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Sunsail 2017 Nov Funding the Future 728x90

One Slip costs Nathan Outteridge's Artemis Racing

by Mark Jardine on 10 Jun 10 June 2017

One slip was all it took for Artemis Racing to end up 2-1 down to Emirates Team New Zealand on the first day of the Louis Vuitton America's Cup Challenger Playoffs. Skipper Nathan Outteridge slid over the side with the teams level pegging on leg 5 of 7 in the third and final race of the day.

Peter Burling and Nathan Outteridge know each other well from the 49er; gold for Nathan at London 2012 with Peter taking silver, then swapping positions at Rio 2016.

Much has been said about Emirates Team New Zealand not wanting to engage in pre-start manoeuvres, instead relying on their boat speed, and the first race suited Peter Burling down to the ground with neither team engaging closely.

As it was, Artemis Racing won the start and maintained their lead until an unforced error cost them the lead and ultimately the race. With Emirates Team New Zealand on their hip, they left it too late to tack at the port side course boundary upwind, picking up a penalty. Once in front the Kiwis pulled away strongly to win by 47 seconds.

Race two again saw Outteridge's Artemis Racing win the start, but this time there were no errors by the team... not even the hint of one. 100% fly-time, perfect tacks and gybes, regularly putting Emirates Team New Zealand in their wing wash. All this resulted in a 15 second win for the Swedish team: game on!

So Emirates Team New Zealand then knew they couldn't just rely on boat speed or a mistake from Artemis Racing, resulting in a far more cat-and-mouse pre-start. Nathan Outteridge kept Artemis Racing ahead of the Kiwis until splitting tacks on Leg 5, where the New Zealand team were just about level pegging with the Swedish team.

A tack on the boundary saw the decisive moment of the race and the day. Nathan Outteridge slipped while crossing the boat after a tack on to port on the boundary. He slid clean off the side of the boat and into the water, thankfully clear of the rudder.

Was it the pressure of knowing the Kiwis were right on them or was it just a slip that can, and does, happen on these boats? Whatever the reason, the Kiwis went on to win the race and take a 2-1 lead after the first day of this first-to-five series where the winner earns the right to challenge ORACLE TEAM USA for the America's Cup.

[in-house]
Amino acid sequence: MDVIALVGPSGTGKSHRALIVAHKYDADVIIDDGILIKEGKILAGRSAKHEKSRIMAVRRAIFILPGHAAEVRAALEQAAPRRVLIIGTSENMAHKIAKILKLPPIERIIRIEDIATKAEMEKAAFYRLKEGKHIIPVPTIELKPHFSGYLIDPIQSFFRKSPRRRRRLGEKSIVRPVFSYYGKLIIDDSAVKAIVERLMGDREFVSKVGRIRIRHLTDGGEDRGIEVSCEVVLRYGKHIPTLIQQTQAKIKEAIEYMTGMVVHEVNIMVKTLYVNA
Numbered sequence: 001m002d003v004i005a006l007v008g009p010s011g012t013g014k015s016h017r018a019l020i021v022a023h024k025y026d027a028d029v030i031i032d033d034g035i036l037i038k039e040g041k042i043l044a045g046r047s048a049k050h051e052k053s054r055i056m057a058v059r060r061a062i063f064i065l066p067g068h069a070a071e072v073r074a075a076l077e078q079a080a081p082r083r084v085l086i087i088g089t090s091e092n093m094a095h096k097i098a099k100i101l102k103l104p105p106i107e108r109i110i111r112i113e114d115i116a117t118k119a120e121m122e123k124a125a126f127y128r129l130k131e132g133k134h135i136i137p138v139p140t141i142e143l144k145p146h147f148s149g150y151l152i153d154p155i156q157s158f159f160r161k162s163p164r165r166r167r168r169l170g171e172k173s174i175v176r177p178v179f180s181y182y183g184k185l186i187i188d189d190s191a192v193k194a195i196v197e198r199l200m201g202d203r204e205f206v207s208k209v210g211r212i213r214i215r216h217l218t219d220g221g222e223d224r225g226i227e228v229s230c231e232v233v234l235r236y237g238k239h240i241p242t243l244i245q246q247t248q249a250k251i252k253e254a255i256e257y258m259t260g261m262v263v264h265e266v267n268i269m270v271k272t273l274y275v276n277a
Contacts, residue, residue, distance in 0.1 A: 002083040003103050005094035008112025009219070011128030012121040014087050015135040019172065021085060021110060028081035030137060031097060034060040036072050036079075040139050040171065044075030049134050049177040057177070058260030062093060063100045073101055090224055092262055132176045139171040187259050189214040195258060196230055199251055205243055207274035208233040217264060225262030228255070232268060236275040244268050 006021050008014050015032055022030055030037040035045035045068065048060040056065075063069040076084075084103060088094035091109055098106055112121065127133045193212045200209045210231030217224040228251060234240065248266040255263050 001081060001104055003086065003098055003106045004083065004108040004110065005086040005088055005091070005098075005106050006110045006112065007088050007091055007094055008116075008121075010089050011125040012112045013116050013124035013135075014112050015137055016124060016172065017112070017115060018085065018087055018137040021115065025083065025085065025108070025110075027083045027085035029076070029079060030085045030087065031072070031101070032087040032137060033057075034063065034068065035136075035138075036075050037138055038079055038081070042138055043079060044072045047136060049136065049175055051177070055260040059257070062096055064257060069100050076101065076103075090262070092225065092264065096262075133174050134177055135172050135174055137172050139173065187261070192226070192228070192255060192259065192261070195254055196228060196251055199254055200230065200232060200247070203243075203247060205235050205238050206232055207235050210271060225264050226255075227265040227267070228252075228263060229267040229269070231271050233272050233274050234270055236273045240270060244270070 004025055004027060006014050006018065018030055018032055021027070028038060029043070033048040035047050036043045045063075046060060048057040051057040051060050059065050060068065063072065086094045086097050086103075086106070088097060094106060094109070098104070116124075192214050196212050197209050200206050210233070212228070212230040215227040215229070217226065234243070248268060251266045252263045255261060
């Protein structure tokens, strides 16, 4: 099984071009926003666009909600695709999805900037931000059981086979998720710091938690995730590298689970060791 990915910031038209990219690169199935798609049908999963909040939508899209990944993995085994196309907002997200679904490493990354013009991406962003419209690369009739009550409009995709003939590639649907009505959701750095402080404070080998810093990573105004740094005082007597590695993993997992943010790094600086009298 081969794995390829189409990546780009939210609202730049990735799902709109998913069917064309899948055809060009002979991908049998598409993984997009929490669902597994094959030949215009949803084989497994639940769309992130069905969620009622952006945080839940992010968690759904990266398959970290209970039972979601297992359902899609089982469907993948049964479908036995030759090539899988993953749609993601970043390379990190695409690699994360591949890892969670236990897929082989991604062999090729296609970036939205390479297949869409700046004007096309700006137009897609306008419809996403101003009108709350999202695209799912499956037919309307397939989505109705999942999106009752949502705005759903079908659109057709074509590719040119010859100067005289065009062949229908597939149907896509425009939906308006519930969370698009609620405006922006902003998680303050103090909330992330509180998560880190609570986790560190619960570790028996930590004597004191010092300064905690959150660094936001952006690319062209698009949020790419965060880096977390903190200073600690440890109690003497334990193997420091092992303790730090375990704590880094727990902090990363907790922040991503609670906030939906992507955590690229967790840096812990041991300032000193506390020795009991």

The racing today was superb; incredible boat handling, very evenly matched teams, classic match racing manoeuvres - albeit without much action in the pre-start - and races won and lost by the slightest mistake, and in the end one slip...

We've learnt a lot from the day. The two teams are very evenly matched on speed. Interestingly, Emirates Team New Zealand had opted for their medium foils, while Artemis Racing went for a light wind setup, but if anything Artemis looked better when the wind had increased slightly. Iain Percy and Nathan Outteridge are constantly talking tactics on Artemis Racing (when Nathan is on board) while Peter Burling and his team are almost silent, seeming to communicate through telepathy.

I can't help thinking that Artemis Racing need to do more in the pre-start to unsettle the Kiwis. They've proved to be vulnerable in the past in this area and take a while to steady themselves after close-quarters engagement.

Once Nathan has dried off, I'm sure the Swedish team will be discussing their tactics for Sunday's three races and we'll see a much more aggressive Artemis Racing on the course. Iain Percy's men will be fired up after their performance today. They know they can match Emirates Team New Zealand around the race course and will be confident that they can rattle them before the start.

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